It appears that all three of the vehicles involved in the fatal Mississippi accident earlier this month were 18-wheel tractor-trailers. Rear-end collisions and chain-reaction accidents involving tractor-trailers present a significant danger to all drivers on the road, especially on interstate highways and other high speed transit routes. Although commercial drivers are professionally trained and licensed to drive larger vehicles, rear-end accidents involving one or more of these vehicles are frighteningly common. Since a single semi-truck can be used to tow several different trailers, accidents can occur if a driver fails to ensure the brake lights on the back of a new trailer are functioning properly before entering a highway. Additionally, the functionality of braking systems between different trailers may not be consistent, and an overloaded trailer can dangerously increase a truck driver’s stopping distance.

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Bus drivers, like taxi drivers, Uber drivers, and truck drivers, have a duty to their passengers as well as to others on the road to ensure that they are safely operating the vehicle at all times. This duty requires that drivers obey all the rules of the road and posted traffic signs, as well as using common sense when operating their vehicles. When a driver of a commercial vehicle fails to exercise the necessary level of care, and an accident results, that driver may be held liable for his negligence through a personal injury lawsuit.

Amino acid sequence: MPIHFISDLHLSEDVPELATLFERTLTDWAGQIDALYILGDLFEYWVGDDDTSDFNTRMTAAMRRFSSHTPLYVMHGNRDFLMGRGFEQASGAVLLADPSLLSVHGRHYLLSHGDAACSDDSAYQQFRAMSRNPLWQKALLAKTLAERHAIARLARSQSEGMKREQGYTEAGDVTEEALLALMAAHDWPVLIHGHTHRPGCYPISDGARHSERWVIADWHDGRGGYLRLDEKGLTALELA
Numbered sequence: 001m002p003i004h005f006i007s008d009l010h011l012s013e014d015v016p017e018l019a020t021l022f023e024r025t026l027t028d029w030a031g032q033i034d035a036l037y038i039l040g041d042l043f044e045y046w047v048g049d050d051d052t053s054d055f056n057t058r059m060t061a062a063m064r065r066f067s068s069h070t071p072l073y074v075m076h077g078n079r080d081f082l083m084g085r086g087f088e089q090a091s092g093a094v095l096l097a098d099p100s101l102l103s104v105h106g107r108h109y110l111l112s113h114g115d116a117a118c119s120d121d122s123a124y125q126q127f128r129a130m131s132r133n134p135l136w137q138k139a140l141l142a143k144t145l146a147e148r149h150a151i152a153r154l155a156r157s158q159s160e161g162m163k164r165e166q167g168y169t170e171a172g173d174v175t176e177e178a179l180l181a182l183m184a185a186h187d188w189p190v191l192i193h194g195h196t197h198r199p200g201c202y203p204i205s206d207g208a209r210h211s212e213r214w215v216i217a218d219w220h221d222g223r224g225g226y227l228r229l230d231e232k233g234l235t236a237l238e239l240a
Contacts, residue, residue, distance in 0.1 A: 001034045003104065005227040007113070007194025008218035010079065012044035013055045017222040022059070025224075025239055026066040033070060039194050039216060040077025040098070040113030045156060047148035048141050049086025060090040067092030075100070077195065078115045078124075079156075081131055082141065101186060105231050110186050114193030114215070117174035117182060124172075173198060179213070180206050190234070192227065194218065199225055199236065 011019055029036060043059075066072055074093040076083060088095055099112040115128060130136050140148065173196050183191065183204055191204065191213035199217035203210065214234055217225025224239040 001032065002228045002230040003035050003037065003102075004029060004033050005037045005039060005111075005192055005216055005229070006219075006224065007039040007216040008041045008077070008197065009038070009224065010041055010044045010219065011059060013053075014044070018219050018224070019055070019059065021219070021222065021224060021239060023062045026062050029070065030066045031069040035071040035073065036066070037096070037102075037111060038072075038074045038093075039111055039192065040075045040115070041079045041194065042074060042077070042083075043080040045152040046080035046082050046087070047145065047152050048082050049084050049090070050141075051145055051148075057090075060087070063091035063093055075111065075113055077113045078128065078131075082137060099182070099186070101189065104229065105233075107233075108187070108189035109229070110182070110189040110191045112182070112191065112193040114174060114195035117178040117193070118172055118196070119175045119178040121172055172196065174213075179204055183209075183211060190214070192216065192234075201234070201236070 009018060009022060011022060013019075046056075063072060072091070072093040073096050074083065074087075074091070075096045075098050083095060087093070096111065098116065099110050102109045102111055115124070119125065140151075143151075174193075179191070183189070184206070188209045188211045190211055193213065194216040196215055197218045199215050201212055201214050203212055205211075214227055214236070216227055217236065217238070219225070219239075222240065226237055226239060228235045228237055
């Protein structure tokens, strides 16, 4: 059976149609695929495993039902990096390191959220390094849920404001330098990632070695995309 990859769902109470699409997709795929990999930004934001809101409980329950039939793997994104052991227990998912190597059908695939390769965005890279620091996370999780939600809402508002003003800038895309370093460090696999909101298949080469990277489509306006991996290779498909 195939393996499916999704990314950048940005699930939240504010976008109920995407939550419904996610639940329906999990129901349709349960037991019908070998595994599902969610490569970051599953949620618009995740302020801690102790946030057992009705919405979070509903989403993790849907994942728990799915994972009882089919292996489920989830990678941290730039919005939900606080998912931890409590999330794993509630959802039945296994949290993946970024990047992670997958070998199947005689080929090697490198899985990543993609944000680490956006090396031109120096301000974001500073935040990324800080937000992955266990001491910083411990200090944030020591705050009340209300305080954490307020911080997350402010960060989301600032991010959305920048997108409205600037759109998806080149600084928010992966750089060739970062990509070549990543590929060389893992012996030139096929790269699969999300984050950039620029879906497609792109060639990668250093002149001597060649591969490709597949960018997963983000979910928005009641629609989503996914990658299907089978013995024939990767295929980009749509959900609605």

Bus InteriorIn addition to the driver of the bus, truck, or taxi, the company that employs the driver may also be liable in some situations. When an employee causes an accident while working within the scope of his or her employment, courts may consider a claim against the employer as well as the employee. The legal doctrine that allows these claims is called respondeat superior. A court may also consider a claim for negligent hiring if the accident victim can show that there was evidence the company should have taken into account when making the hiring decision, such as past citations or suspensions.

Fatal Bus Accident Caused by Driver’s Aggressive Passing Results in Four Deaths

Earlier this month in California, a bus accident claimed the lives of four people inside. According to one local news report covering the tragedy, the accident injured a total of 18 people. Evidently, the driver of the bus was attempting to pass another vehicle before the lane the bus was in ended. The bus driver thought that the other driver was going to slow down and allow the bus to pass him before the lane ended. However, the other driver did not slow down and continued at the pace he was traveling. The bus was run off the road and collided with a support beam for an overhead sign, resulting in the accident that claimed four lives.